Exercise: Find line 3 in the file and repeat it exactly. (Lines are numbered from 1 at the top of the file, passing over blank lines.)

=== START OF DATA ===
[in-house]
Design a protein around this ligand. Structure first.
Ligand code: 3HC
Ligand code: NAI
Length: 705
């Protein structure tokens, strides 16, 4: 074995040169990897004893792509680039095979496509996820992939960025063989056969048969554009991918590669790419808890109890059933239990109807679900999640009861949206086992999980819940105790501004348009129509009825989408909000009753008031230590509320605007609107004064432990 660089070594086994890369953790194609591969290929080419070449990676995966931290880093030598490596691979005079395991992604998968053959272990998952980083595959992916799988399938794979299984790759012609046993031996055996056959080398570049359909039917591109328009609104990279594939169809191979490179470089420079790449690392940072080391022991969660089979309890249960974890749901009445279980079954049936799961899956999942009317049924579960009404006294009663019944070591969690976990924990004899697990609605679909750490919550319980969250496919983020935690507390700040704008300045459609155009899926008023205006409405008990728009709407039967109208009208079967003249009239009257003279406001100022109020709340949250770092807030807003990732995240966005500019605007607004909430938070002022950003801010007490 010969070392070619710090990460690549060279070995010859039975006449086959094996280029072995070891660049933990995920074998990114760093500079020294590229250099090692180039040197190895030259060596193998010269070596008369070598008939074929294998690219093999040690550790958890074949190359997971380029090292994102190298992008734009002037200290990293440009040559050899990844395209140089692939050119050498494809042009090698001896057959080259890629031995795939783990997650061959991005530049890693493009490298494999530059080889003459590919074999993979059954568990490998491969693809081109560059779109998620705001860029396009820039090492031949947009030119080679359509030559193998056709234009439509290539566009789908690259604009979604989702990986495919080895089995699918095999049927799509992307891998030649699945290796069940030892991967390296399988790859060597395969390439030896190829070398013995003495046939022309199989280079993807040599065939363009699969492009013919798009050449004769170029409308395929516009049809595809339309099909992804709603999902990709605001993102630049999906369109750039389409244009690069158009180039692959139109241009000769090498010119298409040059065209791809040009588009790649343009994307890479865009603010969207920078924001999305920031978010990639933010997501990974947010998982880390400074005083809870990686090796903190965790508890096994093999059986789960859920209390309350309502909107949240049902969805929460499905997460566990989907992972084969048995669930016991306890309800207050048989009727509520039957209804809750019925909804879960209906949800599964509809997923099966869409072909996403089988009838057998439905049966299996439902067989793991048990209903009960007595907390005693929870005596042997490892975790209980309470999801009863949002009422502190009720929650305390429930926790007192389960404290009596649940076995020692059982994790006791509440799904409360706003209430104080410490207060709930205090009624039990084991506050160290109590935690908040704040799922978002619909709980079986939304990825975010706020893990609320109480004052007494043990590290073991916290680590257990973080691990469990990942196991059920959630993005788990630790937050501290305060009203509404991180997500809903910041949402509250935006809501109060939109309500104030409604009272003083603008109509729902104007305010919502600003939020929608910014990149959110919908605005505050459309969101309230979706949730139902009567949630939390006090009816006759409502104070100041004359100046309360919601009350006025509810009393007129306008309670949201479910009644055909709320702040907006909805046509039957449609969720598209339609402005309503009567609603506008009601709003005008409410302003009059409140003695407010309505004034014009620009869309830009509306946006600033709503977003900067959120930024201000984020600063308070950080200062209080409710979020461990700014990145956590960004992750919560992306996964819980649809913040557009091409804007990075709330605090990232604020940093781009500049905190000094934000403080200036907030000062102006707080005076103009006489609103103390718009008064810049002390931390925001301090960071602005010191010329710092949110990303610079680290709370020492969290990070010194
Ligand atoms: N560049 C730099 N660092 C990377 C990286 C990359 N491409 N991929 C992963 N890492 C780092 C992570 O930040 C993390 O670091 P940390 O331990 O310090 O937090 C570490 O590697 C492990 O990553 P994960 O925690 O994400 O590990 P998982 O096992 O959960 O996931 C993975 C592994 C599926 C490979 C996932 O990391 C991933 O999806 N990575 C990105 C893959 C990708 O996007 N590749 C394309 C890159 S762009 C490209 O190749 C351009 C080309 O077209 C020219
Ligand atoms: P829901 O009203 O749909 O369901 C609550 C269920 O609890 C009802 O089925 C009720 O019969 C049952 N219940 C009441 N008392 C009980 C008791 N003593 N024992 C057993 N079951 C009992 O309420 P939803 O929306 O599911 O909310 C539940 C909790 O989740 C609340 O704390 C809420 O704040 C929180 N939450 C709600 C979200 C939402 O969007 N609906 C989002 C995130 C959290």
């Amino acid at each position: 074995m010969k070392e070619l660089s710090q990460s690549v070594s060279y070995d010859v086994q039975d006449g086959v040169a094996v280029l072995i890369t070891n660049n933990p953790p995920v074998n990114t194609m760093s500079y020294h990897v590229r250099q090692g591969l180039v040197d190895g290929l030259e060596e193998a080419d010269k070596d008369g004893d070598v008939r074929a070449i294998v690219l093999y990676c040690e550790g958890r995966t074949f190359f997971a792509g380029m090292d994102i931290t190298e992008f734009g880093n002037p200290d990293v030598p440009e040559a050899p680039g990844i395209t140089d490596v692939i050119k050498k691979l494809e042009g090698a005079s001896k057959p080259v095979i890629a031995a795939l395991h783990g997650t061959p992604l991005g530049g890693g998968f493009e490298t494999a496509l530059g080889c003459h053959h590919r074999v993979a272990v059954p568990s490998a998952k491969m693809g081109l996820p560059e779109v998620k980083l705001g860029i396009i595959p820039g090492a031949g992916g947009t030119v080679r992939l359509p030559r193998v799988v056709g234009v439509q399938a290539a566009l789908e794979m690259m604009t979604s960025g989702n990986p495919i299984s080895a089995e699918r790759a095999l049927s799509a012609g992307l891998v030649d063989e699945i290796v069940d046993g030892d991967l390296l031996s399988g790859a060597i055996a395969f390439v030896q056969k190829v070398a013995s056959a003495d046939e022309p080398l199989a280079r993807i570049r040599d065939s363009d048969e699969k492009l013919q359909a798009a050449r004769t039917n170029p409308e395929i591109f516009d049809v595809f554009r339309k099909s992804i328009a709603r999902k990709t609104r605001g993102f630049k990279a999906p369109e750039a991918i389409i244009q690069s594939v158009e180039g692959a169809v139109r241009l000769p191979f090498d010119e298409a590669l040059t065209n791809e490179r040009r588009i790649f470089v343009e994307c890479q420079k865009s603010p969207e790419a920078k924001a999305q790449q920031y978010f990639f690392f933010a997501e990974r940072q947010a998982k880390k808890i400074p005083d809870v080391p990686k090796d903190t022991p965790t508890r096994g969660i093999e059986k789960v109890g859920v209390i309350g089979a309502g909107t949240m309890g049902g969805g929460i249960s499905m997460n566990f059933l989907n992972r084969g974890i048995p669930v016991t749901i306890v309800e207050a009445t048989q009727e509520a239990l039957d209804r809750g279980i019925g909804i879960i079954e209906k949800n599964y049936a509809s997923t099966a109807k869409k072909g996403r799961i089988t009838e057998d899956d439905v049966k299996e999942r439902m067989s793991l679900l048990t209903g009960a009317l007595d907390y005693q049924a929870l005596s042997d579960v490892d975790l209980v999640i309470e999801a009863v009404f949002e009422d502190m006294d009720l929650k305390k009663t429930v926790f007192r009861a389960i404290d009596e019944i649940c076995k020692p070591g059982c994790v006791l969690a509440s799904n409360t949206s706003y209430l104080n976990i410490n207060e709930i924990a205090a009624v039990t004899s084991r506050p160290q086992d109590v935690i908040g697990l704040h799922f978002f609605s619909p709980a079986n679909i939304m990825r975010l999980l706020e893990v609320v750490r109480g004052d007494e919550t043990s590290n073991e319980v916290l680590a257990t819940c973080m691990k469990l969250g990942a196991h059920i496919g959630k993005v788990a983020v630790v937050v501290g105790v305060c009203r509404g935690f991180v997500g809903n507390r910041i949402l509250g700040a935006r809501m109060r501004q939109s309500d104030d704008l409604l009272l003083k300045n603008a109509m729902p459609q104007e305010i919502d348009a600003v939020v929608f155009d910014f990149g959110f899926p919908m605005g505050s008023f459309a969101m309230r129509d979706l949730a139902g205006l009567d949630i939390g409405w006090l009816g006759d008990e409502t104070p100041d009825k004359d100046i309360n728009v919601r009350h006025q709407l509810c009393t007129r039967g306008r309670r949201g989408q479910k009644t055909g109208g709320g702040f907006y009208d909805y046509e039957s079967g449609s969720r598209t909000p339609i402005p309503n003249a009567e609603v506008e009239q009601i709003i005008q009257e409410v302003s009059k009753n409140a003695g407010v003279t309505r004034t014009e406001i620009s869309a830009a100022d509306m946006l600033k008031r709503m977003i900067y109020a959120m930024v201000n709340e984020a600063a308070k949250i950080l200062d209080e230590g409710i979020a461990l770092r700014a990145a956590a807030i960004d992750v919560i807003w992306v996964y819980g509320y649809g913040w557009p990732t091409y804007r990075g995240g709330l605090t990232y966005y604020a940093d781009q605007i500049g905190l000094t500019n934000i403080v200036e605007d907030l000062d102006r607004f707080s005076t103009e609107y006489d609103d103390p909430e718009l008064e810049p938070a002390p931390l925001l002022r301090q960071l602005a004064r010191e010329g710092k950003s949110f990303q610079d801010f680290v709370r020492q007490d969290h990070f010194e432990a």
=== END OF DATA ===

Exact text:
Ligand code: 3HC